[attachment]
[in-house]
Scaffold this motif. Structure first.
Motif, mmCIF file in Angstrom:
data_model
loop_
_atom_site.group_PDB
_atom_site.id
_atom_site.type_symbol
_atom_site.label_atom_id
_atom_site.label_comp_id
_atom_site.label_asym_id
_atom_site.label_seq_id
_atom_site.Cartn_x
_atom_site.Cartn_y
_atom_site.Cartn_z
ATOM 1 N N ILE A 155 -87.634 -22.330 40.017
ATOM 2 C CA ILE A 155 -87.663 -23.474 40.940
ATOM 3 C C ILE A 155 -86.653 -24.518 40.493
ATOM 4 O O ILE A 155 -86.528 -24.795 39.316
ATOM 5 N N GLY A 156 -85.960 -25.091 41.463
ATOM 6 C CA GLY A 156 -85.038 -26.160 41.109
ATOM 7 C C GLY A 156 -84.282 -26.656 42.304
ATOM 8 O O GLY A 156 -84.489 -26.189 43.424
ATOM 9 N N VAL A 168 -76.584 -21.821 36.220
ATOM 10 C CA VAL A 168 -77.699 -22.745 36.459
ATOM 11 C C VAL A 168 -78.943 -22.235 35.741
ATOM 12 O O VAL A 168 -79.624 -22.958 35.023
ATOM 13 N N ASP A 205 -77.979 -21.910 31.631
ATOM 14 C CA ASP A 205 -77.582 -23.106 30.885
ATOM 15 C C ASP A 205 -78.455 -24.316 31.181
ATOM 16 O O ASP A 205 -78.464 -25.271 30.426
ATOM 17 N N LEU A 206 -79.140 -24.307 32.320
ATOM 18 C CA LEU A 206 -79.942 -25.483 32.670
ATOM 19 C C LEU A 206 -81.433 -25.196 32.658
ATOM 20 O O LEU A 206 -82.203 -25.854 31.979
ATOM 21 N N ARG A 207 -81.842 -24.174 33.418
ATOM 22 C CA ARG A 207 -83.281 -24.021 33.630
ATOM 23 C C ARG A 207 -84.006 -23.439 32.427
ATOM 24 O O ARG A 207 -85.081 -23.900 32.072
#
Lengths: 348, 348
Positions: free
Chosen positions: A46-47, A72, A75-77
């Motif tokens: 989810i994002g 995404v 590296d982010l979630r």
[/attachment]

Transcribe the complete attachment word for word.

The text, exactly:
[in-house]
Scaffold this motif. Structure first.
Motif, mmCIF file in Angstrom:
data_model
loop_
_atom_site.group_PDB
_atom_site.id
_atom_site.type_symbol
_atom_site.label_atom_id
_atom_site.label_comp_id
_atom_site.label_asym_id
_atom_site.label_seq_id
_atom_site.Cartn_x
_atom_site.Cartn_y
_atom_site.Cartn_z
ATOM 1 N N ILE A 155 -87.634 -22.330 40.017
ATOM 2 C CA ILE A 155 -87.663 -23.474 40.940
ATOM 3 C C ILE A 155 -86.653 -24.518 40.493
ATOM 4 O O ILE A 155 -86.528 -24.795 39.316
ATOM 5 N N GLY A 156 -85.960 -25.091 41.463
ATOM 6 C CA GLY A 156 -85.038 -26.160 41.109
ATOM 7 C C GLY A 156 -84.282 -26.656 42.304
ATOM 8 O O GLY A 156 -84.489 -26.189 43.424
ATOM 9 N N VAL A 168 -76.584 -21.821 36.220
ATOM 10 C CA VAL A 168 -77.699 -22.745 36.459
ATOM 11 C C VAL A 168 -78.943 -22.235 35.741
ATOM 12 O O VAL A 168 -79.624 -22.958 35.023
ATOM 13 N N ASP A 205 -77.979 -21.910 31.631
ATOM 14 C CA ASP A 205 -77.582 -23.106 30.885
ATOM 15 C C ASP A 205 -78.455 -24.316 31.181
ATOM 16 O O ASP A 205 -78.464 -25.271 30.426
ATOM 17 N N LEU A 206 -79.140 -24.307 32.320
ATOM 18 C CA LEU A 206 -79.942 -25.483 32.670
ATOM 19 C C LEU A 206 -81.433 -25.196 32.658
ATOM 20 O O LEU A 206 -82.203 -25.854 31.979
ATOM 21 N N ARG A 207 -81.842 -24.174 33.418
ATOM 22 C CA ARG A 207 -83.281 -24.021 33.630
ATOM 23 C C ARG A 207 -84.006 -23.439 32.427
ATOM 24 O O ARG A 207 -85.081 -23.900 32.072
#
Lengths: 348, 348
Positions: free
Chosen positions: A46-47, A72, A75-77
């Motif tokens: 989810i994002g 995404v 590296d982010l979630r």